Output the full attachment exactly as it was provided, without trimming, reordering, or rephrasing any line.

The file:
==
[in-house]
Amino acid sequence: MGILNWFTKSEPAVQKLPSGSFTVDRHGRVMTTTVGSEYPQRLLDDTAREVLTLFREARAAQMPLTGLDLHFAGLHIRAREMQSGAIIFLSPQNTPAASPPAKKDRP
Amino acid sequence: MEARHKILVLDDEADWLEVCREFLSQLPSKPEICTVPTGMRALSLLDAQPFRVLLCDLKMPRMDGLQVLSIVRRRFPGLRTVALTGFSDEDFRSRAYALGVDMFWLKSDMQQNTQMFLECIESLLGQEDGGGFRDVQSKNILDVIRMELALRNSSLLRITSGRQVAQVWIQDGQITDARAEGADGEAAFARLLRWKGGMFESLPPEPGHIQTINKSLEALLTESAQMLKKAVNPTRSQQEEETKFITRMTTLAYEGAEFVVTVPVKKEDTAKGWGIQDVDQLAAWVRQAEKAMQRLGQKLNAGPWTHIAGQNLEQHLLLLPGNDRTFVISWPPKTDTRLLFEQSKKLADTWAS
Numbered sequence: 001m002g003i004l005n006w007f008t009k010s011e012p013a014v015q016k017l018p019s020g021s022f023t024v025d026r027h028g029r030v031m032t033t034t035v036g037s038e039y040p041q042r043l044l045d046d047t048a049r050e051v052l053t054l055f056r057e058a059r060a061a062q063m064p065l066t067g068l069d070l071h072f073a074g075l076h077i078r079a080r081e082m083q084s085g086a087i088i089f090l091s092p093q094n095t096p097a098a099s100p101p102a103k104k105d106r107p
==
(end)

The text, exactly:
[in-house]
Amino acid sequence: MGILNWFTKSEPAVQKLPSGSFTVDRHGRVMTTTVGSEYPQRLLDDTAREVLTLFREARAAQMPLTGLDLHFAGLHIRAREMQSGAIIFLSPQNTPAASPPAKKDRP
Amino acid sequence: MEARHKILVLDDEADWLEVCREFLSQLPSKPEICTVPTGMRALSLLDAQPFRVLLCDLKMPRMDGLQVLSIVRRRFPGLRTVALTGFSDEDFRSRAYALGVDMFWLKSDMQQNTQMFLECIESLLGQEDGGGFRDVQSKNILDVIRMELALRNSSLLRITSGRQVAQVWIQDGQITDARAEGADGEAAFARLLRWKGGMFESLPPEPGHIQTINKSLEALLTESAQMLKKAVNPTRSQQEEETKFITRMTTLAYEGAEFVVTVPVKKEDTAKGWGIQDVDQLAAWVRQAEKAMQRLGQKLNAGPWTHIAGQNLEQHLLLLPGNDRTFVISWPPKTDTRLLFEQSKKLADTWAS
Numbered sequence: 001m002g003i004l005n006w007f008t009k010s011e012p013a014v015q016k017l018p019s020g021s022f023t024v025d026r027h028g029r030v031m032t033t034t035v036g037s038e039y040p041q042r043l044l045d046d047t048a049r050e051v052l053t054l055f056r057e058a059r060a061a062q063m064p065l066t067g068l069d070l071h072f073a074g075l076h077i078r079a080r081e082m083q084s085g086a087i088i089f090l091s092p093q094n095t096p097a098a099s100p101p102a103k104k105d106r107p